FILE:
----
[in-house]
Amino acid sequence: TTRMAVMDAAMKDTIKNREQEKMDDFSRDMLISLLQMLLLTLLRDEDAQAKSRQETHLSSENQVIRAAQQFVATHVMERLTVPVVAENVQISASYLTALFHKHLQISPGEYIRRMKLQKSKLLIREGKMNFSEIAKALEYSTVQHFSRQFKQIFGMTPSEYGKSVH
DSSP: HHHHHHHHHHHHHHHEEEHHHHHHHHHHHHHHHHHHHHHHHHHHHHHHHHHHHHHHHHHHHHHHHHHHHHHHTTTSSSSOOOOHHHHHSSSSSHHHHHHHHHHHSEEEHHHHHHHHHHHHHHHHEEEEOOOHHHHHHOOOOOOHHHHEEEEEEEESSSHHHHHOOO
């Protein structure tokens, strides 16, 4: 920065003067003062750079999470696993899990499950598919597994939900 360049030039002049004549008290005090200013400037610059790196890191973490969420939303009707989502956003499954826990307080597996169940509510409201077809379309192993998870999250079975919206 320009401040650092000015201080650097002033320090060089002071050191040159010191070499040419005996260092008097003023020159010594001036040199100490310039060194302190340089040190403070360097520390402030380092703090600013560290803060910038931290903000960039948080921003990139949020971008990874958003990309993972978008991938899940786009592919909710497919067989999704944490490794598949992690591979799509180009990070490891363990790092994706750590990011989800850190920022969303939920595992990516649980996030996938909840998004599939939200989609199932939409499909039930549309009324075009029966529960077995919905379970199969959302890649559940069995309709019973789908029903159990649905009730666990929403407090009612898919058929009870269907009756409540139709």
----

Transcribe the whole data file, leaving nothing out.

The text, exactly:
[in-house]
Amino acid sequence: TTRMAVMDAAMKDTIKNREQEKMDDFSRDMLISLLQMLLLTLLRDEDAQAKSRQETHLSSENQVIRAAQQFVATHVMERLTVPVVAENVQISASYLTALFHKHLQISPGEYIRRMKLQKSKLLIREGKMNFSEIAKALEYSTVQHFSRQFKQIFGMTPSEYGKSVH
DSSP: HHHHHHHHHHHHHHHEEEHHHHHHHHHHHHHHHHHHHHHHHHHHHHHHHHHHHHHHHHHHHHHHHHHHHHHHTTTSSSSOOOOHHHHHSSSSSHHHHHHHHHHHSEEEHHHHHHHHHHHHHHHHEEEEOOOHHHHHHOOOOOOHHHHEEEEEEEESSSHHHHHOOO
């Protein structure tokens, strides 16, 4: 920065003067003062750079999470696993899990499950598919597994939900 360049030039002049004549008290005090200013400037610059790196890191973490969420939303009707989502956003499954826990307080597996169940509510409201077809379309192993998870999250079975919206 320009401040650092000015201080650097002033320090060089002071050191040159010191070499040419005996260092008097003023020159010594001036040199100490310039060194302190340089040190403070360097520390402030380092703090600013560290803060910038931290903000960039948080921003990139949020971008990874958003990309993972978008991938899940786009592919909710497919067989999704944490490794598949992690591979799509180009990070490891363990790092994706750590990011989800850190920022969303939920595992990516649980996030996938909840998004599939939200989609199932939409499909039930549309009324075009029966529960077995919905379970199969959302890649559940069995309709019973789908029903159990649905009730666990929403407090009612898919058929009870269907009756409540139709």